Gold markets pulled in two directions during the week:
As the week comes to a close, there is much uncertainty in the gold market. On Monday there was a rise in price based on higher unemployment rates in the U.S.A. and more talk about the possibility of another round of monetary easing by the Federal Reserve. “There is still room for easing if it is required, and there is still a perception that it may be required,” said David Jollie, an analyst with Mitsui Precious Metals. Then on the very next day reports of better than estimated corporate earnings sent the U.S. dollar up and gold prices down. “The fear of things collapsing is going away,” said Tom Wirth, who helps manage $1.6 billion as senior investment officer for Chemung Canal Trust Co., in Elmira, N.Y. “The recession, which everyone was concerned about a month ago, is not going to happen.” As of Friday there was another report that raised the gold prices back from the mid-week dip, from an unlikely source, the United States Agriculture Department. “We have seen Gold running higher this afternoon. I think this is a spillover effect from the USDA crop report out today, which is confirming fears of a reduction in production,” said Ole Hansen, a senior commodity strategist at Saxo Bank. “This is indicating that we could see continued high prices for some of these key crops in the months ahead. And especially in some emerging economies, this could lead to higher inflation towards the end of the year.”
Europe’s financial issues keep piling up:
The financial crisis in Europe has been well documented for many months now. With every passing week there are many questioning if there is any chance of recovery or if the Euro is on its last leg. This week did nothing to quell that negative outlook. One of the major banks in the U.K. was linked to illegal transactions with Iran, which is under major U.N. sanctions. If this is found true, the bank could lose its New York banking market license. Analyst Gareth Hunt said, “Some people were walking around under the illusion that Standard Chartered was the world’s first riskless bank, and it’s not. We’ve discovered that Standard Chartered is a mortal bank, as they all are.” Standard Chartered was one of the least affected global banks during the global financial crisis. This credibility hit, coming when banks need to step up and lend during globally uncertain times, is alarming. Another issue in England is the rocky relationship with the Eurozone. While they do not use the official currency of the Euro, they are a member of the European Union. Britain is officially thinking about exiting from the European Union. There are concerns on how the financial markets would be affected if the U.K. leaves the EU. Financial services group Nomura issued a report stating, “We believe, increasing possibility of either a looser U.K. relationship with the EU or a U.K. exit is bound, in our view, to raise both economic and political concerns, including in financial markets.” One constant positive in Europe has been Germany. The country has been able to avoid the financial shortcoming of the other nations in the area. As it has been said before, “nothing last forever,” and Germany’s solid economy is not an exception. Joerg Kraemer, chief economist at Commerzbank, said, “The German economy is losing momentum — there’s no doubt about that — and in the third quarter the economy will shrink compared to the second quarter. Things will go downhill from here. The German economy is not faring as badly as the rest of the eurozone, but it can’t disconnect itself, especially as growth in China has slowed and continues to do so.”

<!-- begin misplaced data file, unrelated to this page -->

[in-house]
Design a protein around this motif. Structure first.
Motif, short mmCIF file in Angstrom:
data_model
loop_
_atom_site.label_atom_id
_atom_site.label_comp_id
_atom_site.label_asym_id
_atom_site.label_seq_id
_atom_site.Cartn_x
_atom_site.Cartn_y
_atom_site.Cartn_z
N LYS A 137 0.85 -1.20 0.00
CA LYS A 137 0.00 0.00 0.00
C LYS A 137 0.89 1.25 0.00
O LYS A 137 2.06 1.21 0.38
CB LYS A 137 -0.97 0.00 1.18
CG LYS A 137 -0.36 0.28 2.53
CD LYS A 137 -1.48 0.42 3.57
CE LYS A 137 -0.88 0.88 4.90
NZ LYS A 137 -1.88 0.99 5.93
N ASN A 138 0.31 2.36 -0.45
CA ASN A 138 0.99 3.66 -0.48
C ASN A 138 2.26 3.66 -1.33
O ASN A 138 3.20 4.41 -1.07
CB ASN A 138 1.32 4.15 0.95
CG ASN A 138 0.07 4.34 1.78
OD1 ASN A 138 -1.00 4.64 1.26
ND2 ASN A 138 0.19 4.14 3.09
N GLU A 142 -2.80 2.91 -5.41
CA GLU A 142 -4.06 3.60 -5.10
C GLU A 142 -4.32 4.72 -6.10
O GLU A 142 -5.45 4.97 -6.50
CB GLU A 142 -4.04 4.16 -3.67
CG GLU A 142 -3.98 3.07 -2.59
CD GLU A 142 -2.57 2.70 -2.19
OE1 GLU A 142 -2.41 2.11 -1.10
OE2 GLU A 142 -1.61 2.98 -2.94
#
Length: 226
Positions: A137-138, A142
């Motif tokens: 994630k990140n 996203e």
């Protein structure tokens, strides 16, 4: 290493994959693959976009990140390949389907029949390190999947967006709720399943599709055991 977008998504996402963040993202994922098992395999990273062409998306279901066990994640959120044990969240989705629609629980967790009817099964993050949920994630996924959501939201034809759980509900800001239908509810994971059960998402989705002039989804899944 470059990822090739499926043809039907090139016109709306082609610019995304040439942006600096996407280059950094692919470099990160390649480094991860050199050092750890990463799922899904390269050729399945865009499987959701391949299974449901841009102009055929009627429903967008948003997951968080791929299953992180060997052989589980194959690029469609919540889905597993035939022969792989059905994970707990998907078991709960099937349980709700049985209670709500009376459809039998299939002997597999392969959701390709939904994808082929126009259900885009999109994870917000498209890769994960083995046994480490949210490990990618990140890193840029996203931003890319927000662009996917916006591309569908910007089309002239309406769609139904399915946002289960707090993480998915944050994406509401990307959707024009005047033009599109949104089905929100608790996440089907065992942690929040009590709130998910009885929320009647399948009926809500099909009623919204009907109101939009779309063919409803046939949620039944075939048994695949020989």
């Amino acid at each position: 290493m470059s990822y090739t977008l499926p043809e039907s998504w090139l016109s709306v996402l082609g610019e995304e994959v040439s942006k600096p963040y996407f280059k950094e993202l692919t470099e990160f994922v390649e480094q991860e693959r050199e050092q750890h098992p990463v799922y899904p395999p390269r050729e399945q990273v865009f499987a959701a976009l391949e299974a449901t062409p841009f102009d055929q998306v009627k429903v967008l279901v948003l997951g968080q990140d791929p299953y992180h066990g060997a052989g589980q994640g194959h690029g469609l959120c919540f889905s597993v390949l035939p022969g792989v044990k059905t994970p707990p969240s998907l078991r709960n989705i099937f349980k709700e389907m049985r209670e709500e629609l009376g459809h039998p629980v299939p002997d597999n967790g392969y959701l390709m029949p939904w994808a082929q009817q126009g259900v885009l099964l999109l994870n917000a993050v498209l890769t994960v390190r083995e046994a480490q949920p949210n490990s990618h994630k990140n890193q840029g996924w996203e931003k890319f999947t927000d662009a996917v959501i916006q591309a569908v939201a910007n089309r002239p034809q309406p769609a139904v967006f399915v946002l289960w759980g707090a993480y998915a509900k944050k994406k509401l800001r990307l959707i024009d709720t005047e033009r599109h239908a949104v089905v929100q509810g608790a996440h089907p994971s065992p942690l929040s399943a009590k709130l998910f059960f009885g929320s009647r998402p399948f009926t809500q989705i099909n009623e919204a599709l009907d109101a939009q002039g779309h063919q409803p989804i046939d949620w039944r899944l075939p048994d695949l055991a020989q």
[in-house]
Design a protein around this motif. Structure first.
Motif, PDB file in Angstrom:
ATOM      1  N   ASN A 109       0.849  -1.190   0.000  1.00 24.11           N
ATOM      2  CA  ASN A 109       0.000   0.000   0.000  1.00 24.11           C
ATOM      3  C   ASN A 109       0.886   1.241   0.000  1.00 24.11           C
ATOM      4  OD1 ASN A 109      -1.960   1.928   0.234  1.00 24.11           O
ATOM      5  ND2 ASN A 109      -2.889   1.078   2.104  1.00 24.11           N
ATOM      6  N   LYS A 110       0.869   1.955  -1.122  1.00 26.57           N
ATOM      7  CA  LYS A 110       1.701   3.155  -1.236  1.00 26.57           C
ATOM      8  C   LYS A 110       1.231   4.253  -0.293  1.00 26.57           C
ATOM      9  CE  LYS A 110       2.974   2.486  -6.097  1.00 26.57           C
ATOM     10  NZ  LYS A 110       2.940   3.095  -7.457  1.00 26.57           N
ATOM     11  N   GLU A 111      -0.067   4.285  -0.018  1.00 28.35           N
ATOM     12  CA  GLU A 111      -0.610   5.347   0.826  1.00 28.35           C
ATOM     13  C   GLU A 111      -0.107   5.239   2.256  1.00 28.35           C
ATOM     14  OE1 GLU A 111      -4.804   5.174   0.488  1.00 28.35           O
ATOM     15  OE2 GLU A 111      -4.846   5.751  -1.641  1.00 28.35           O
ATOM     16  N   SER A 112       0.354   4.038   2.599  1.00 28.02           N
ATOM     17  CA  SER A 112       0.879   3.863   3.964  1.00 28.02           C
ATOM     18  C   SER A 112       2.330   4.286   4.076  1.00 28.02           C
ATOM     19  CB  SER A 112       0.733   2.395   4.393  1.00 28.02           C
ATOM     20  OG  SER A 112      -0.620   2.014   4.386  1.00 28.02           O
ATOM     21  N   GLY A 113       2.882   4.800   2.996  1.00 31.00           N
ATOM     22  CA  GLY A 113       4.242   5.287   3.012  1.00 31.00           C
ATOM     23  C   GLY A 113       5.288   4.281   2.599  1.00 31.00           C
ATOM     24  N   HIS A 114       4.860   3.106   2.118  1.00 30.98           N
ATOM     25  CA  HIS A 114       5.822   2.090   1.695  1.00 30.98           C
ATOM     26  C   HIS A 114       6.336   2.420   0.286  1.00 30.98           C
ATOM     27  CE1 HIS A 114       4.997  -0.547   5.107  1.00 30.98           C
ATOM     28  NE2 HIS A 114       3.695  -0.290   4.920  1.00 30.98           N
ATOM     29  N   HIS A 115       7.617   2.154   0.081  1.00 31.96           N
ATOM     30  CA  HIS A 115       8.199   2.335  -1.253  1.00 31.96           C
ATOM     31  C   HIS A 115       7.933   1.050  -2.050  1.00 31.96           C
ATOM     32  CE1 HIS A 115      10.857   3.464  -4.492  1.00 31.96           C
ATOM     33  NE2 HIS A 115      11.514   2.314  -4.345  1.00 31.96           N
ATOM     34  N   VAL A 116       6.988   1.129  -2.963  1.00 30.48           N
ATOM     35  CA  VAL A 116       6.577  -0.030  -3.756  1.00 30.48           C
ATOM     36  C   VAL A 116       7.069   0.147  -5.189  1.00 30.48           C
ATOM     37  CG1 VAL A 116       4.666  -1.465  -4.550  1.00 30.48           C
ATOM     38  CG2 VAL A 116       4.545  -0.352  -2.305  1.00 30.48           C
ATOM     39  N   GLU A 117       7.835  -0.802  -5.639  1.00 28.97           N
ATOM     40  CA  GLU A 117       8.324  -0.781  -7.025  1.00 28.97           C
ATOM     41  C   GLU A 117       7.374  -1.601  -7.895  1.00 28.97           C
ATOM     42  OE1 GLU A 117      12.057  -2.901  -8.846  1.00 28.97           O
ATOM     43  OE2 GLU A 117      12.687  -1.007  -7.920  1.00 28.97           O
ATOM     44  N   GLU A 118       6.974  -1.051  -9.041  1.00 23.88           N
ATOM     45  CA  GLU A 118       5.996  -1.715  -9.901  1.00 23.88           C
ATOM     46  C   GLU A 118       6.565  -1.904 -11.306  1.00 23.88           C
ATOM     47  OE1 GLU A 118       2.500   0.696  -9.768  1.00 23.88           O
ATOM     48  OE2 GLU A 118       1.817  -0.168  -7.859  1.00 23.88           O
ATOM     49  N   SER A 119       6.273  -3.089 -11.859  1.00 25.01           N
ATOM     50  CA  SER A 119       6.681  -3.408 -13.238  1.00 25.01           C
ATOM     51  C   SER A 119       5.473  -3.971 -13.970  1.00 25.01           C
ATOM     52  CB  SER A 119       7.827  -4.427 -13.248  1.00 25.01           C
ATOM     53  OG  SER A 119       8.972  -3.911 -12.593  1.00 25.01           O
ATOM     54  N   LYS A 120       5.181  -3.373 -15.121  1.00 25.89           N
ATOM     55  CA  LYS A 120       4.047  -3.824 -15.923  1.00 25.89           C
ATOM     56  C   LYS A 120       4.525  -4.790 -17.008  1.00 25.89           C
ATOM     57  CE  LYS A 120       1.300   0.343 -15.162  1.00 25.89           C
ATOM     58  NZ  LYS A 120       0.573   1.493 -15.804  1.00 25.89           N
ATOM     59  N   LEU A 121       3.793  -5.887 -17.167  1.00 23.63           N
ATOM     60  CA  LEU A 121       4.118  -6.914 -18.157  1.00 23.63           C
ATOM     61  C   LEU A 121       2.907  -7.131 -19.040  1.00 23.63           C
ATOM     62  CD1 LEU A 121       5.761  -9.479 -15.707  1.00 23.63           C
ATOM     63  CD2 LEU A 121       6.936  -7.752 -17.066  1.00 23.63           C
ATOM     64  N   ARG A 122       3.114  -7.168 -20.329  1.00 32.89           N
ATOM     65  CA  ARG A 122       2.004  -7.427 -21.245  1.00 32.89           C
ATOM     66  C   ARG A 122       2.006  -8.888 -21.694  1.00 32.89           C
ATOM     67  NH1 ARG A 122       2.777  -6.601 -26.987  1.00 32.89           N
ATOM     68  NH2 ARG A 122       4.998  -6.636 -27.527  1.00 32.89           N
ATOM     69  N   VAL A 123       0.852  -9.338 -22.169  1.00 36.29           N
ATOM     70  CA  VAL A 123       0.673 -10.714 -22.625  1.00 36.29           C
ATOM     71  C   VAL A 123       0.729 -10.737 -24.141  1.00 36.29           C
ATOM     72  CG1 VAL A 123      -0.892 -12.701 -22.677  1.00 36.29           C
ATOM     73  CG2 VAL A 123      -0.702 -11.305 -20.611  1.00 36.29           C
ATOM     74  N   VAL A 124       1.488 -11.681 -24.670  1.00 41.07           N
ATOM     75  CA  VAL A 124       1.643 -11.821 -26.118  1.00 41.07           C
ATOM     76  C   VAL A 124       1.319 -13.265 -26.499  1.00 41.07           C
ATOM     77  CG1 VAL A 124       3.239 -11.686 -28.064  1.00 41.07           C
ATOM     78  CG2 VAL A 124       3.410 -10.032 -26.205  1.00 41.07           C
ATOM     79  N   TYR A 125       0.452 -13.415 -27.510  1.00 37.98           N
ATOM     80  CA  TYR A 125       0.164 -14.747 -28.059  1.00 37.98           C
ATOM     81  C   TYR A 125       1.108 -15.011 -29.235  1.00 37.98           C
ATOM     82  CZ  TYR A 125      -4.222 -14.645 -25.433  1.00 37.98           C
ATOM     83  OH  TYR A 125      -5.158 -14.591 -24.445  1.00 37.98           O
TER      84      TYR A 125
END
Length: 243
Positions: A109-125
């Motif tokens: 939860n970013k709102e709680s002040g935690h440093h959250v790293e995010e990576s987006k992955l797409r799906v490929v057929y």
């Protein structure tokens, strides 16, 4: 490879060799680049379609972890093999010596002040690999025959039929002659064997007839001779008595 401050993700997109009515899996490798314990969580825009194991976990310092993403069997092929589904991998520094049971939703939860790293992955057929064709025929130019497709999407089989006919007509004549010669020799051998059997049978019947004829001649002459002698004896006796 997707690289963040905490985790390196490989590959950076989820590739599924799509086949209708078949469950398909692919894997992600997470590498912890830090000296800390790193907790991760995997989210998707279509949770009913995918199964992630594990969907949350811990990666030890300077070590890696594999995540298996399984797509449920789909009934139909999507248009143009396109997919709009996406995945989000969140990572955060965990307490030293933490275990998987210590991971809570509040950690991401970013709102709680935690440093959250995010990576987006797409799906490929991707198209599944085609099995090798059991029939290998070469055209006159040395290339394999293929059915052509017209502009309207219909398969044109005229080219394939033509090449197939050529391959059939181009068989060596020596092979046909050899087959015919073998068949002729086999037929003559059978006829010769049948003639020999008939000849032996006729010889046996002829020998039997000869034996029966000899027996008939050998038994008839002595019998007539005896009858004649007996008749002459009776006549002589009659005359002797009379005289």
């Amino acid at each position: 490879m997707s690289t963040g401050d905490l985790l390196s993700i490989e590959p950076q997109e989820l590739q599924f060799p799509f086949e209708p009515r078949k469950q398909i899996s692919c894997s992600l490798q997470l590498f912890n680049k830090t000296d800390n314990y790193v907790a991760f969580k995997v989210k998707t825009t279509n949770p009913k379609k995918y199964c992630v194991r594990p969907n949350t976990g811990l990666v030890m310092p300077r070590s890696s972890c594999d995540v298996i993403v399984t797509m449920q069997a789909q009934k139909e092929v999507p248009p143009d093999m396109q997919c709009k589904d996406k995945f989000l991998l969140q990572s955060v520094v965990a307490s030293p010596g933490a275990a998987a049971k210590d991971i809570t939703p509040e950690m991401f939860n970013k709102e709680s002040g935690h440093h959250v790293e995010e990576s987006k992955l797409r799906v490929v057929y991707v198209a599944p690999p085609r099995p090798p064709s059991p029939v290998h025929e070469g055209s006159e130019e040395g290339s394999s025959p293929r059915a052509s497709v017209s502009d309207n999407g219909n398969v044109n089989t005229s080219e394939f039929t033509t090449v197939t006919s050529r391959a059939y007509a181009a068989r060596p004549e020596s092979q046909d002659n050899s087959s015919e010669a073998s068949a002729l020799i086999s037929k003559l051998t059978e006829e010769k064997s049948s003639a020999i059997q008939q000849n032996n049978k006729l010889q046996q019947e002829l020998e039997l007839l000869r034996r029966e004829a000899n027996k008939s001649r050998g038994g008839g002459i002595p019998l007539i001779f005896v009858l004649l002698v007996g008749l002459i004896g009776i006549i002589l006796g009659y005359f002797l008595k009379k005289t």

The United States gives mixed signals:
Reports in the United States are showing that productivity in the workforce is down. One expert said he believes that is the best case scenario at this time. “The only reason 1.7 percent GDP growth can go with 1 percent jobs growth is because productivity growth is less than 1 percent,” said Robert Gordon, a Northwestern University economics professor. These numbers, while not ideal, have created a drop in unemployment benefits claims over the last year. The trade deficit narrowed to the smallest gap in nearly two years, and weekly jobless claims fell after economists expected an increase. The four week moving average of the jobless claims, however, increased slightly. Recently, good news for the American economy has worked the opposite way with Precious Metals, as good news makes the Federal Reserve less likely to institute another round of quantitative easing. Import prices in the United States fell unexpectedly in July, extending the streak to four months of declines. The decline in import prices could be one more reason for the Federal Reserve to ease monetary policy further. Historically, tools such as quantitative easing have been very supportive of Precious Metals prices. These reports are a good indication of why the gold market has stayed relatively flat this week. It’s better, then it’s worse, and then back to better. As for this week gold did exactly what the market dictated, it held steady.